I agree with #1 that [the strain induced by] hoop stress vs. axial stress is the main cause of the longitudinal hot dog failure. As stated by others above, possible additional contributions include localized stress concentrations, weak seams from the hot dog production process, pre-cut slits, and (as stated by "plastic bag manufacturer") machine-direction vs. non-machine-direction effects in the hot dog casing. Given the assumed context of thermal expansion in the process of grilling a hot dog, this is the correct answer. When asked this question in an interview, the actual correct response is to first clarify the assumptions behind the question by asking a critical follow-up question or two: By what means is the hot dog being induced to expand? The default assumption for most people would be thermal expansion due to heating on a grill, but the situation is quite different if the hot dog is expanding due to the Poisson effect from someone squeezing it. What is the surrounding environment relative to the hot dog? The default assumption is that the hot dog is being heated on a grill, but the situation is quite different if the hot dog is expanding in a pressure chamber under controlled conditions.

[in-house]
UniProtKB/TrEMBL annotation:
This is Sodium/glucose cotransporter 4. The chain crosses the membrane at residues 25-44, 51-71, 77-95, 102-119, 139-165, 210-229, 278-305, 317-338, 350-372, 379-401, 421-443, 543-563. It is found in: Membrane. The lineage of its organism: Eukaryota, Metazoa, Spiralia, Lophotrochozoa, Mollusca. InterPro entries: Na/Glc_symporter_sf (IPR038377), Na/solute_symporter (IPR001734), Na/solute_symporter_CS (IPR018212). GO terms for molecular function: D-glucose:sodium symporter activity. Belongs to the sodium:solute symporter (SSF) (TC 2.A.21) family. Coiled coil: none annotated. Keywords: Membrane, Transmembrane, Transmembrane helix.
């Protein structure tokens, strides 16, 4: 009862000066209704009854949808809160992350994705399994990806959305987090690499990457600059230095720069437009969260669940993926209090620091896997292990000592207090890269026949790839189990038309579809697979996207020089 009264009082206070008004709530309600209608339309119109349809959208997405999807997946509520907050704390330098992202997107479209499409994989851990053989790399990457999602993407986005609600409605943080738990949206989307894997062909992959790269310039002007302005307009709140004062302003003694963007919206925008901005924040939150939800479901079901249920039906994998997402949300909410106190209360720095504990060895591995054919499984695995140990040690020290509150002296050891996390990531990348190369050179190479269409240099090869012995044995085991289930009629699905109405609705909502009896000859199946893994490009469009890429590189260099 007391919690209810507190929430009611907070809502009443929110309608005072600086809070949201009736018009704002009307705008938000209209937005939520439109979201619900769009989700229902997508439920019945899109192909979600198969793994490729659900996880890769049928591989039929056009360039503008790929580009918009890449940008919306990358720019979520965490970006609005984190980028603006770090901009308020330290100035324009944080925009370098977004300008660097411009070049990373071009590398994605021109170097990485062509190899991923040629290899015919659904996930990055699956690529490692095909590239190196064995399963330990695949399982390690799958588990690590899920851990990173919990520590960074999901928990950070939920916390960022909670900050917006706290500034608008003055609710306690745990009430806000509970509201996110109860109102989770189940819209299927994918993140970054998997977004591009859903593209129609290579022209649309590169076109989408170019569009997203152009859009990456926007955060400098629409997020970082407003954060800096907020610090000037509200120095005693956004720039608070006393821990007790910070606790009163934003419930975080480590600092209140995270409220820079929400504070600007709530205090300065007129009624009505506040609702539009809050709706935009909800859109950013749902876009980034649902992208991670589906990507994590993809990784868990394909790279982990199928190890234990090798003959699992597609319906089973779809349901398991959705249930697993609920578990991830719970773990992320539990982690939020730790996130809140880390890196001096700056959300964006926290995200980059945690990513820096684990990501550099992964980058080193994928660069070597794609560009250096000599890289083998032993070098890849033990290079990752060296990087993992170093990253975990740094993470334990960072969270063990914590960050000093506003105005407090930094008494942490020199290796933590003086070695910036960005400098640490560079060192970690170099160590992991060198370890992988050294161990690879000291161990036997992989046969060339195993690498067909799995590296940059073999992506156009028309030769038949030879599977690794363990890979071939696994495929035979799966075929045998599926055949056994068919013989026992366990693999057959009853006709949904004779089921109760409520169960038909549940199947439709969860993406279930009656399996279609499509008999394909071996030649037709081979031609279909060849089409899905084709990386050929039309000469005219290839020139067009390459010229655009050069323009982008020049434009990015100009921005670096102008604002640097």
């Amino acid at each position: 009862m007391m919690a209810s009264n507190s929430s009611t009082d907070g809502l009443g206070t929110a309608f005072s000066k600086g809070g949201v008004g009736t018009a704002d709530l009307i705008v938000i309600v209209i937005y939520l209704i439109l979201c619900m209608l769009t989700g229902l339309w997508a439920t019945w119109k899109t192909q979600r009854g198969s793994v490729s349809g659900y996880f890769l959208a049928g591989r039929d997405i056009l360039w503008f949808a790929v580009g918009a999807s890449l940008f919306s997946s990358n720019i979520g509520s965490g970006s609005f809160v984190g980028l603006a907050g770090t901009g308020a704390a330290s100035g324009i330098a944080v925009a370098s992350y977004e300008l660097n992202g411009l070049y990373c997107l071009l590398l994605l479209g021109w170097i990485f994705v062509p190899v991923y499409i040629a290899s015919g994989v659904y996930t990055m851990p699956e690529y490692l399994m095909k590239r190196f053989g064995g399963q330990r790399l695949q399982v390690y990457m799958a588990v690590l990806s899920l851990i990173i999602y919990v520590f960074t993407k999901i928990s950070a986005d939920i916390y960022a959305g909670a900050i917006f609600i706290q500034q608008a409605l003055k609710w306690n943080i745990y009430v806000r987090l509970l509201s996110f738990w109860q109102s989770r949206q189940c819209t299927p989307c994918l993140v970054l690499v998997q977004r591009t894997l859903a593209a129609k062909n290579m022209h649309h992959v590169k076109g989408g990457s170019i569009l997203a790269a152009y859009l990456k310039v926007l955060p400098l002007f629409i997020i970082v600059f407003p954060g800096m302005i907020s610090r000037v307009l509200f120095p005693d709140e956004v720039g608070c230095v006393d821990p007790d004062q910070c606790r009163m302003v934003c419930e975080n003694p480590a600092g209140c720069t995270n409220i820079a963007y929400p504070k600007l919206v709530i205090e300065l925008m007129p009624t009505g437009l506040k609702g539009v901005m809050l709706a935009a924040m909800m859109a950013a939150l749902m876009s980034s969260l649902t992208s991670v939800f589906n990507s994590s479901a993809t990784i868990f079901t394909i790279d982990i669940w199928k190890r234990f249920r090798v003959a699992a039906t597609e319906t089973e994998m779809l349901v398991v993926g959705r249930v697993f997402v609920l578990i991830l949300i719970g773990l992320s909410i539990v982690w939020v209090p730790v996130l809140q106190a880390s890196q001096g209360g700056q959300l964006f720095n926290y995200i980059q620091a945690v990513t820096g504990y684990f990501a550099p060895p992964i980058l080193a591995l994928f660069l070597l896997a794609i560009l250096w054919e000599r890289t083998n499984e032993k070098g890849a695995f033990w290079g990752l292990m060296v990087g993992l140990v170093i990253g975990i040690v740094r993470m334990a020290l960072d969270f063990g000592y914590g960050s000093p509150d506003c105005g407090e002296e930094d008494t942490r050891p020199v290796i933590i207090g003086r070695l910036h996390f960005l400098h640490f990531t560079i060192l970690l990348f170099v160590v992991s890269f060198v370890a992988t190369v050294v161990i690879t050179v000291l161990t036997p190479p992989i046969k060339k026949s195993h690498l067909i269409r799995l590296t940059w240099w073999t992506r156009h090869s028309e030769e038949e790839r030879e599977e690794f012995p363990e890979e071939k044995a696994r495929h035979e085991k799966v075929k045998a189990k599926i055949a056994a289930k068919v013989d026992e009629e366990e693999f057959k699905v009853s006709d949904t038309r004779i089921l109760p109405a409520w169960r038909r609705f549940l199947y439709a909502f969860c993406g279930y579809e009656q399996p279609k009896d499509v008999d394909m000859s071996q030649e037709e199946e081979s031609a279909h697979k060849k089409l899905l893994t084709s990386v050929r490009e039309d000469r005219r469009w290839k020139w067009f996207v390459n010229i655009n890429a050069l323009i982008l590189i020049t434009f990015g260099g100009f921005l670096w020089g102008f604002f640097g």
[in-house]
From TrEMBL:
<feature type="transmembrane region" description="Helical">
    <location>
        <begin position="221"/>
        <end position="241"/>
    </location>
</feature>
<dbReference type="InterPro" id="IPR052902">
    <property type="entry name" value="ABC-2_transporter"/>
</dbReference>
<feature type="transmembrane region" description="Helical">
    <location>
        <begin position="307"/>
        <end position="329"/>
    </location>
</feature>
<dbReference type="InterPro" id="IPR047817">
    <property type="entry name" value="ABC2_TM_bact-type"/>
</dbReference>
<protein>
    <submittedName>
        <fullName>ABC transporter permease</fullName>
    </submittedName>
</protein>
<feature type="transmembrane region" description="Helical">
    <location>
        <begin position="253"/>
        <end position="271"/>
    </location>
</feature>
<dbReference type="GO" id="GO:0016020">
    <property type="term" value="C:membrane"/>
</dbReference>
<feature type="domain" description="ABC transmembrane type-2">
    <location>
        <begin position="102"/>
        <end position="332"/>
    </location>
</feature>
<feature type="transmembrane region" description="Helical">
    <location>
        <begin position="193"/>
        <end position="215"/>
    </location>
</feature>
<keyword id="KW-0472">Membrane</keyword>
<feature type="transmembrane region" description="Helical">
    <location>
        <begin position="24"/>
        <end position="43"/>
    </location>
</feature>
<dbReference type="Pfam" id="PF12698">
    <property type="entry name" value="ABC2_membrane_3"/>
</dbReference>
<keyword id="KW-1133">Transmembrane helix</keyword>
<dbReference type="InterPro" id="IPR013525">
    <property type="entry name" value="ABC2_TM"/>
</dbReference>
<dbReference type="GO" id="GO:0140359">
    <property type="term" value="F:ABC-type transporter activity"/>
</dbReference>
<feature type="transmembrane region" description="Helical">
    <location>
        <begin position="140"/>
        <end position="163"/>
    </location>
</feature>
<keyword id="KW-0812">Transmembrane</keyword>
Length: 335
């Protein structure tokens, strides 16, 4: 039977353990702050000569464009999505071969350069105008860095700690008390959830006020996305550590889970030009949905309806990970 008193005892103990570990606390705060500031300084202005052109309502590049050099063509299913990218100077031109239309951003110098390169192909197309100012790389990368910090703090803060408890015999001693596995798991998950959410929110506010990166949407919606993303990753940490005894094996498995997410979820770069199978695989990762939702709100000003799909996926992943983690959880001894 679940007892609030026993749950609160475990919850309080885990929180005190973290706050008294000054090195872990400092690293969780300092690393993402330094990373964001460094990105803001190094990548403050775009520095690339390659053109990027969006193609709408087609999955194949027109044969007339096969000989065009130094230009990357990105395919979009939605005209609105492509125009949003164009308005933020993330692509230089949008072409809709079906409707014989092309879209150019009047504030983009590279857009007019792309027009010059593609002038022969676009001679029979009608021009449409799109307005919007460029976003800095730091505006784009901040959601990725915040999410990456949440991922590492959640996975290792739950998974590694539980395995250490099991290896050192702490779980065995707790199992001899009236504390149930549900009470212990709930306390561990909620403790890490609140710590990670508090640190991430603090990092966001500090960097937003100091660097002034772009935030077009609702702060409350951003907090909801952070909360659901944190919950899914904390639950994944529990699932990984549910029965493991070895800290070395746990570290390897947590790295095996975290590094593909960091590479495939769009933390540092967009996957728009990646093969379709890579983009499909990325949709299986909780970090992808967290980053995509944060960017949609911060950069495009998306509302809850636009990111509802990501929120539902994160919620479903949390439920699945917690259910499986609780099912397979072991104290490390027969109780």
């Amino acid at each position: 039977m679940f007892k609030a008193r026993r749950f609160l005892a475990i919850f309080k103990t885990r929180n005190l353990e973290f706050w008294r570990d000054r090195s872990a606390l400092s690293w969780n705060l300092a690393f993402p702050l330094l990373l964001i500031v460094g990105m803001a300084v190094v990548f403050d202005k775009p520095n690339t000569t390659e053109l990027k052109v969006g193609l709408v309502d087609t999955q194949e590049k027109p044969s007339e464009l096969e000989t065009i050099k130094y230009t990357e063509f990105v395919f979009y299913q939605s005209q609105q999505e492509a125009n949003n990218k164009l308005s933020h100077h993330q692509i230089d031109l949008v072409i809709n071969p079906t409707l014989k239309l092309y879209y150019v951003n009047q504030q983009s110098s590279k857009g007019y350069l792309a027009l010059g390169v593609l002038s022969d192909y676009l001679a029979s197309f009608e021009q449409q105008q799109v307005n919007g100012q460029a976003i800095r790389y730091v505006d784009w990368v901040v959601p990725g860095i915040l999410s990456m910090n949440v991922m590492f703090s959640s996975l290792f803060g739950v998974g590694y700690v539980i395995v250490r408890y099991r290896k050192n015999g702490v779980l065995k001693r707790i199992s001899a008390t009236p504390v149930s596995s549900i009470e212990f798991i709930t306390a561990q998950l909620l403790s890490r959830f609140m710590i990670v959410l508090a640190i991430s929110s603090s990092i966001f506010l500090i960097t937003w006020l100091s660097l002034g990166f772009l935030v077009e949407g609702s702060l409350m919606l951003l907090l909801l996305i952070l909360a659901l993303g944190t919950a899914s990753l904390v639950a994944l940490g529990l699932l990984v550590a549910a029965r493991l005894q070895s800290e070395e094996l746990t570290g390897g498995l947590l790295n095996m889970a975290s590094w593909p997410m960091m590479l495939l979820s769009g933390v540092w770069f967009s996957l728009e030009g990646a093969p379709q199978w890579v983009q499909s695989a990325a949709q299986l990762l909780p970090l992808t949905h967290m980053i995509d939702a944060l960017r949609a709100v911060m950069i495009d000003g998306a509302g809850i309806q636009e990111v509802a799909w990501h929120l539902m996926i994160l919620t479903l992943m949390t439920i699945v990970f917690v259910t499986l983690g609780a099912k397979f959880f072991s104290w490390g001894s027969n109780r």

It expands sideways and splits from the center, long ways. This may be the most simple answer to the question but the actual answer will depend on the relevance of this question to the job applied for.
Ends first, lengthwise next and if cooked long enough the possibility across the center of the hot dog. As the meat expands due to cooking, tension on the casing will cause the cut ends to split first due to them being the weakest points. This allows the meat inside to easily expand out the ends reducing tension across the width of the casing . However tension lengthwise continues until the casing splits. Cooked long enough the hot dog can split across the hot dog as well. The method in which the hot dog is cooked also plays a factor. Microwave or open flame will cause more tension on the casing due to moisture leaving the casing. Boiling will allow the casing to be more pliable allowing the casing to expand more before a split occurs.